Starting off, let’s be clear: Your major, while an important decision, does not define your entire future career. As many as 70% of American students in a four-year program will change their major at least once before graduation. It’s not a sign of failure or indecisiveness; it’s a fact that students, their interests, and their knowledge of themselves and their abilities evolve during their studies, and a changing major reflects only that.
You don’t have to choose one right away. Most universities have a whole slough of general requirements you have to get through and don’t require a declared major until you’ve piled up enough credits to qualify as a junior.
Common advice, especially coming from parents or people who have been out of school for a long while, is to pick a major linked to a lucrative potential career–biology for doctors, pre-law for lawyers, computer science for techie types. If you have a genuine career goal, it might be good to aim for that, though you might be surprised which majors lead where. Ask a sampling of people with jobs you want what they majored in. Ask them what they’d look for in a prospective employee’s educational background.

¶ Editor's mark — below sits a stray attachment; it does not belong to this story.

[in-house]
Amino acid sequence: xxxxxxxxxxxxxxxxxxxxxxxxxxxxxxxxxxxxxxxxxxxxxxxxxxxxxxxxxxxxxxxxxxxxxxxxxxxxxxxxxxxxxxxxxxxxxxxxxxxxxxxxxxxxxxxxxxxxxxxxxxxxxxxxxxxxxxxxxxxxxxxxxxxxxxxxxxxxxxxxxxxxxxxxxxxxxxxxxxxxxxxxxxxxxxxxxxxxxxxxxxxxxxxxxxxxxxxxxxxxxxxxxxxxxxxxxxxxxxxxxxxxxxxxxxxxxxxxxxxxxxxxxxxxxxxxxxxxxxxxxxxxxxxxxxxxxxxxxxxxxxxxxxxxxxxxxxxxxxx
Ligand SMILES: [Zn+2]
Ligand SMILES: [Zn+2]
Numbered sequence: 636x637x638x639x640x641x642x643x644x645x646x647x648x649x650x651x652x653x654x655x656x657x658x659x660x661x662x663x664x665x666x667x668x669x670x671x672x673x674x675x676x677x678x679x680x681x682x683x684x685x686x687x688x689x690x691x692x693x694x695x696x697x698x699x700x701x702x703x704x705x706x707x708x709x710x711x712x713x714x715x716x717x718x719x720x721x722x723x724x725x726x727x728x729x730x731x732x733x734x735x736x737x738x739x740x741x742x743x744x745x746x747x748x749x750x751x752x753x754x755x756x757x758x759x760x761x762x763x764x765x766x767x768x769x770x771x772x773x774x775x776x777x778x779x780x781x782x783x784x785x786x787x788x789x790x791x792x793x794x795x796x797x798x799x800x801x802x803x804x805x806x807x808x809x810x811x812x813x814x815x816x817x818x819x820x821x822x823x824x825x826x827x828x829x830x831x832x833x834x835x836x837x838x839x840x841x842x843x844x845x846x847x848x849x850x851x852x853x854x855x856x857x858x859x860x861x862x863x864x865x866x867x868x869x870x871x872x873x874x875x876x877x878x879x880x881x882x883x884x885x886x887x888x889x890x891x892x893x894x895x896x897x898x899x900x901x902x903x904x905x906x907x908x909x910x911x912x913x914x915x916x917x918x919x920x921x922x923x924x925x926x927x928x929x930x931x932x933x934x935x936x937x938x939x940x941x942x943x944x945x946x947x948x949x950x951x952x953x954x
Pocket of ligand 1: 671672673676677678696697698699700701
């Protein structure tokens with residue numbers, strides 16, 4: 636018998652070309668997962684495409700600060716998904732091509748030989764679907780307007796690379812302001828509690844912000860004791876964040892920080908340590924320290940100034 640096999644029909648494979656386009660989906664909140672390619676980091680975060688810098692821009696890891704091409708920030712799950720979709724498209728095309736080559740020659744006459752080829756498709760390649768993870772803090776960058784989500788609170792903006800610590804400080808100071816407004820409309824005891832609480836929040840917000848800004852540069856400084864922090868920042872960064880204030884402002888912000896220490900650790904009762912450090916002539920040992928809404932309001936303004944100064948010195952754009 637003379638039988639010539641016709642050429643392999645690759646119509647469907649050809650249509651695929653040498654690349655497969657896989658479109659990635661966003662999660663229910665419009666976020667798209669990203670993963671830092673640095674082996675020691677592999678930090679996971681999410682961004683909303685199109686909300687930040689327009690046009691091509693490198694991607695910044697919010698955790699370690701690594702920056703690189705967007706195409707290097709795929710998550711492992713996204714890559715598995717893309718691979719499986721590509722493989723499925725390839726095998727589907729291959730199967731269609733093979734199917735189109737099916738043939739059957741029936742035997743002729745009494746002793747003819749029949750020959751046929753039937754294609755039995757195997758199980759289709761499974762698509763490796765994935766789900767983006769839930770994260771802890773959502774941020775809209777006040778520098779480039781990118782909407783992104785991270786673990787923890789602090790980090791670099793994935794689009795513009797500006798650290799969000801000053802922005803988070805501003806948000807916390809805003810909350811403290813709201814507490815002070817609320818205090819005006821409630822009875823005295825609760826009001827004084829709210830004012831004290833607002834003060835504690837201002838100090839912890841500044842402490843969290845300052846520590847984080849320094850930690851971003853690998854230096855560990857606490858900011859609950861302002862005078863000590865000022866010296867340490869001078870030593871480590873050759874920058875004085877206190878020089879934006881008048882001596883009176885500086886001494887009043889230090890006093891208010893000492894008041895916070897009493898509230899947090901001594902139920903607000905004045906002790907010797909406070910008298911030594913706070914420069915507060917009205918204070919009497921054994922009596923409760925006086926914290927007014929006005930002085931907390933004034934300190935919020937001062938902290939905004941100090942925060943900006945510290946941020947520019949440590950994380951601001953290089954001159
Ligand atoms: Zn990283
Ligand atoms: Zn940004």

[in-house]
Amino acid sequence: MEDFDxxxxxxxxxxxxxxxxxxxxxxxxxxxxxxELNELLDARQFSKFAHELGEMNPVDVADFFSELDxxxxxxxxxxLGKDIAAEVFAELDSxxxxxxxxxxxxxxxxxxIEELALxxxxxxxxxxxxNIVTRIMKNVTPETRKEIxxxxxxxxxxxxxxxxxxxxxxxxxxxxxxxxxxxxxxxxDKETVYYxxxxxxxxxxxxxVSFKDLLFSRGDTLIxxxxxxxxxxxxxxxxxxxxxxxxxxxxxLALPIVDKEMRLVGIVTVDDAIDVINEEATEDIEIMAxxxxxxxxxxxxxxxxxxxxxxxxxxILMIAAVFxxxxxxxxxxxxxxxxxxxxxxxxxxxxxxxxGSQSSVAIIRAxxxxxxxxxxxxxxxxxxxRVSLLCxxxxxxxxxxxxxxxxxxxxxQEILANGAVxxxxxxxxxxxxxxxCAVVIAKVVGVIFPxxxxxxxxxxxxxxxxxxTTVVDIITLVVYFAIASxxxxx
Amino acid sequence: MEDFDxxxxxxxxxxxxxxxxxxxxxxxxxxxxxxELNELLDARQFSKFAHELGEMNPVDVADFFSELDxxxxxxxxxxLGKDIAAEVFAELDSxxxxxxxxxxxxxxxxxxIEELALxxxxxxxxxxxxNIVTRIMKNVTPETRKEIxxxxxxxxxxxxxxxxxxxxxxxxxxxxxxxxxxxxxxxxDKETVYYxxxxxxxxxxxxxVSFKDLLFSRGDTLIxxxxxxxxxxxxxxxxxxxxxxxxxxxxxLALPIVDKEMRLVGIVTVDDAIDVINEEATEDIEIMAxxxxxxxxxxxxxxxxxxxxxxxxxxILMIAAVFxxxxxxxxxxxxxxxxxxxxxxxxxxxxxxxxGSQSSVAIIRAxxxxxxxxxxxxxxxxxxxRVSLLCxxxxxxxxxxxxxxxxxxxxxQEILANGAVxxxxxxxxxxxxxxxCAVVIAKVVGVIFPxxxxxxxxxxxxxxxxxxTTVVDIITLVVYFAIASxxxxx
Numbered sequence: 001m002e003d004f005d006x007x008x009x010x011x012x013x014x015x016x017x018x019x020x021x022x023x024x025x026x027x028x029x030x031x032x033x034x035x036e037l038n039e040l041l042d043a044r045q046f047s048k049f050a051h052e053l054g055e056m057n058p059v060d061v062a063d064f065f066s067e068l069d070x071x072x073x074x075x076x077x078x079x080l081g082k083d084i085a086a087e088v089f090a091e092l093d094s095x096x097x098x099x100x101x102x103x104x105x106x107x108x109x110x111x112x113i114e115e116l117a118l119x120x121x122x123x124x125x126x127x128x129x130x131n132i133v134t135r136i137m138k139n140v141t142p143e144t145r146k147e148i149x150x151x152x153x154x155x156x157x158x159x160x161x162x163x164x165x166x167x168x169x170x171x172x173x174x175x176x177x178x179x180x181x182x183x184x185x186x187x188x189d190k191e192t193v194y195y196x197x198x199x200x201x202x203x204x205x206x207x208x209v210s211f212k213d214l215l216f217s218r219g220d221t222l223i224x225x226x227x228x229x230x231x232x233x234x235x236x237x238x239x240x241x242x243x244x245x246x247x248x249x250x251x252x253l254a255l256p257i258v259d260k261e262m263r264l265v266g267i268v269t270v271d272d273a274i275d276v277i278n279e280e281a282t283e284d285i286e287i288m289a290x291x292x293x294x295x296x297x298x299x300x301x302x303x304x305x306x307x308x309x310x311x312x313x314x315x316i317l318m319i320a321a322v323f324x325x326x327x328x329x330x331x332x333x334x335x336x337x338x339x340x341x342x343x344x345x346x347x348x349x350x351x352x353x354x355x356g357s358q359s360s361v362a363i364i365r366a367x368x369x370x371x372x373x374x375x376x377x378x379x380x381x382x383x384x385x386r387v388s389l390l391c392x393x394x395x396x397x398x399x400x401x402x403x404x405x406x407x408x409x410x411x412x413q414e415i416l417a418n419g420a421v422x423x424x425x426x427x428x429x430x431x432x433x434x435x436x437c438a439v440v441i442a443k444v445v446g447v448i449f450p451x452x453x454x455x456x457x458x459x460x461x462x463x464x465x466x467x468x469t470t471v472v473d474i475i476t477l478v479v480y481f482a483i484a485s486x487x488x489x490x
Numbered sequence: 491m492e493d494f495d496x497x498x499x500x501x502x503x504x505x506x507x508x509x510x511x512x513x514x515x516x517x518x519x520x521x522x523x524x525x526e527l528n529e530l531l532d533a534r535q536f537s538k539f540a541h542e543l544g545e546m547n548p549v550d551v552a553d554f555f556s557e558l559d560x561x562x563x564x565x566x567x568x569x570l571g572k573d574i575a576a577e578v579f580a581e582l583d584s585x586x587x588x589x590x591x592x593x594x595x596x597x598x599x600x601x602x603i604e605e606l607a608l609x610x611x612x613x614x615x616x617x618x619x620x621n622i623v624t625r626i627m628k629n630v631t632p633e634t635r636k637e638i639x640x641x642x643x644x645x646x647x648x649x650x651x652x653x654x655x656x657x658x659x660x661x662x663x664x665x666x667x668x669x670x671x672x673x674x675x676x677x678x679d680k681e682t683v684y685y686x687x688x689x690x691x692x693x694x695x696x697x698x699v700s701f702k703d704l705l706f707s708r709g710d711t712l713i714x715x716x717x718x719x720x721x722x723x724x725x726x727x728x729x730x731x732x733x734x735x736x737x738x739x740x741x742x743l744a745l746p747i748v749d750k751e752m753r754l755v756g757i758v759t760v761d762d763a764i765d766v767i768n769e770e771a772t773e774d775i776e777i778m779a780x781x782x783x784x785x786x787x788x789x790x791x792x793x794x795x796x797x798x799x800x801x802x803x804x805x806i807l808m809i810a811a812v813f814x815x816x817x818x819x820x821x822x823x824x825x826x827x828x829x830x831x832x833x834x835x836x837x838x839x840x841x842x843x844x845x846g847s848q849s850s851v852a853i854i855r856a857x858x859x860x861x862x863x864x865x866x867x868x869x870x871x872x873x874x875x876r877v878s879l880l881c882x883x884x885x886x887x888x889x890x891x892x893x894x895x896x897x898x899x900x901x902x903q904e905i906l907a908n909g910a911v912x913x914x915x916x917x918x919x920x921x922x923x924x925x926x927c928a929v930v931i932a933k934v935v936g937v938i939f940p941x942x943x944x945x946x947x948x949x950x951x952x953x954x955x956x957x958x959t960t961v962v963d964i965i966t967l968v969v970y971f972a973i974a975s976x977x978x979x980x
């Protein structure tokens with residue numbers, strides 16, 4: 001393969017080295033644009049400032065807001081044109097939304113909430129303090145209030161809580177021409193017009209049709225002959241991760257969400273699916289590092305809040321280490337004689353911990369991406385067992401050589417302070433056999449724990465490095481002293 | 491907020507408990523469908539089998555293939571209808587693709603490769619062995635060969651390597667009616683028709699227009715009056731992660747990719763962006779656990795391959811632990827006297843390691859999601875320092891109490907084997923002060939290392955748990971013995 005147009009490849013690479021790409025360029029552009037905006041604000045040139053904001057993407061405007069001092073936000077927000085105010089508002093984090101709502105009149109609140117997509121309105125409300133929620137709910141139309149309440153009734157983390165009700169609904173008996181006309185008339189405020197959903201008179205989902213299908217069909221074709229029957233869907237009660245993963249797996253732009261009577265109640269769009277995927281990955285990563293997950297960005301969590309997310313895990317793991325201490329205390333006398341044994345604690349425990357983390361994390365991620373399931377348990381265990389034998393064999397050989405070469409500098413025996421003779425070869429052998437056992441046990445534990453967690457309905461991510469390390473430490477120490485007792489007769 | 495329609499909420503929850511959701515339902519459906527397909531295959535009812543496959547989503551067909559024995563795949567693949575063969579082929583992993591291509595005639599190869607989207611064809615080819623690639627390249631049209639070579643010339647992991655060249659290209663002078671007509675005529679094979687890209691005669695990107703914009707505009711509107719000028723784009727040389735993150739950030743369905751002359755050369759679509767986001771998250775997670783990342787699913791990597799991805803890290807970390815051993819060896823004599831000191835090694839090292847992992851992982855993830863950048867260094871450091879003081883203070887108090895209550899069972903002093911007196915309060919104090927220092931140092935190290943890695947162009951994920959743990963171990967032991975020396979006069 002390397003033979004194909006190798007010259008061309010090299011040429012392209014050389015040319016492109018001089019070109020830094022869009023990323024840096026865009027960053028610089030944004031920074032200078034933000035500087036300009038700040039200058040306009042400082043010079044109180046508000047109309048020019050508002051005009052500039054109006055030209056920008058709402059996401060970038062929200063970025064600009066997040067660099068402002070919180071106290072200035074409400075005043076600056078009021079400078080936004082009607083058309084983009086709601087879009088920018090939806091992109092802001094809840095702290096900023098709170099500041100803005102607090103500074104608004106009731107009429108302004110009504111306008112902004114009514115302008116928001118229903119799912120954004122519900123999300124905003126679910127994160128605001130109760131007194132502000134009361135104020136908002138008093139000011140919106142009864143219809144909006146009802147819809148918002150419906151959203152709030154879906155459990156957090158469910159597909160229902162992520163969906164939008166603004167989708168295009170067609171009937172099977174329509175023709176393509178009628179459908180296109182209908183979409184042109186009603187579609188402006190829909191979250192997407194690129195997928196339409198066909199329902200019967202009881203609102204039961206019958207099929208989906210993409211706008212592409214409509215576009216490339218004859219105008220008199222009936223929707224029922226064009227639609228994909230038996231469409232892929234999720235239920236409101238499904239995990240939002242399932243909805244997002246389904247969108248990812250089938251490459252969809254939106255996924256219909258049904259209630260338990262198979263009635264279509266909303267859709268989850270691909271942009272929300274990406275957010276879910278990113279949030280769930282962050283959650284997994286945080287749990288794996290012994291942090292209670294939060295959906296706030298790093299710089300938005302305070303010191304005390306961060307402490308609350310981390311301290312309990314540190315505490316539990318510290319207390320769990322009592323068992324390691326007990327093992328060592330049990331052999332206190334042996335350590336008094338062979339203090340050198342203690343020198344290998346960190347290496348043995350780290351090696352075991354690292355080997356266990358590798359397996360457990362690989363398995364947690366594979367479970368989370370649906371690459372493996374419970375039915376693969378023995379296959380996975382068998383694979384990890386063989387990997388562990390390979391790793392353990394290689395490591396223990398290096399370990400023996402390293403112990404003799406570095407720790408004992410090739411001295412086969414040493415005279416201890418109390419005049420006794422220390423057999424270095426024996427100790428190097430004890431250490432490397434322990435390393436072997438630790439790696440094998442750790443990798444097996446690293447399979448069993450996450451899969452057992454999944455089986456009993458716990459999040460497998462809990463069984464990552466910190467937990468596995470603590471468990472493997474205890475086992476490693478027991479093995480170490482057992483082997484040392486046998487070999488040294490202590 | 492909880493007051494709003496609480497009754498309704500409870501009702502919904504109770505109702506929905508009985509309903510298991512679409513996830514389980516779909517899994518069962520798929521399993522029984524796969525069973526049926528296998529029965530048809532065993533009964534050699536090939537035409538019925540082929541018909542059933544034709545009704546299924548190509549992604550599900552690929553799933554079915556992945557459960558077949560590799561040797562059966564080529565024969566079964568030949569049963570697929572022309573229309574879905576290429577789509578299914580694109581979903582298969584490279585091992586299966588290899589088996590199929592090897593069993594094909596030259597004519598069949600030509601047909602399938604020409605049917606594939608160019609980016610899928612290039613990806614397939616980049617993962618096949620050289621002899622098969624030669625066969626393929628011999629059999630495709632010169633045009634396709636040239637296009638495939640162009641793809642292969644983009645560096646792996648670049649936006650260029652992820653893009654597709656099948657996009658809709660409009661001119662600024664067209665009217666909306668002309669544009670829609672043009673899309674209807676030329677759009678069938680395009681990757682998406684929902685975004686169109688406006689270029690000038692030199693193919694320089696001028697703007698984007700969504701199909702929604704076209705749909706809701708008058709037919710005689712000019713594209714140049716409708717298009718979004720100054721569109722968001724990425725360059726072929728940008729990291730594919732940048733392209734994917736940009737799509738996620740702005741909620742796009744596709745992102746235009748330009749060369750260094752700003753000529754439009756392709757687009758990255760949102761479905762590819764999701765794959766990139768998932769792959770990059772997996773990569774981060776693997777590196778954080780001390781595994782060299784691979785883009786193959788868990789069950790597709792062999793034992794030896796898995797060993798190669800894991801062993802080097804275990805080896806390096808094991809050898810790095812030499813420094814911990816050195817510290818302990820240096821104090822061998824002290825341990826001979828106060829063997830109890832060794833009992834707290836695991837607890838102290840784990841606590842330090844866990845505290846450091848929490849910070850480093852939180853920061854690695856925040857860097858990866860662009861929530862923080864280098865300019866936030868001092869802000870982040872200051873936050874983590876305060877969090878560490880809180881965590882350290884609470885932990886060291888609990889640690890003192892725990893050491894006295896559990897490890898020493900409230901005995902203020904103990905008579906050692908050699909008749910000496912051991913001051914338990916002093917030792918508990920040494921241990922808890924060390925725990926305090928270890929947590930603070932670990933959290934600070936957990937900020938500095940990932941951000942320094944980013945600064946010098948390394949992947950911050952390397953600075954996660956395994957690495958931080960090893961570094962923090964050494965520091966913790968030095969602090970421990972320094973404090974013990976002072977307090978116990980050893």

But since a major in which you don’t complete a degree won’t help you much, pay attention to your own skills and strengths. If research is impossible for you, avoid majors (and career paths) where it will be a focus. If writing is your strongest suit, seek out majors that focus on content creation. This is where waiting to declare can really give you an advantage: A year into college, you’ll know much more about what kind of student you are than you ever learned from high school.
In short, take your time with this choice. Take advantage of advice from people who know you as a student. Professors are great for this, and advisers literally are paid to help you make this choice. Choosing the right major, the right one for you now, will mean better grades, successful internships, and a much better sense of what you want going forward.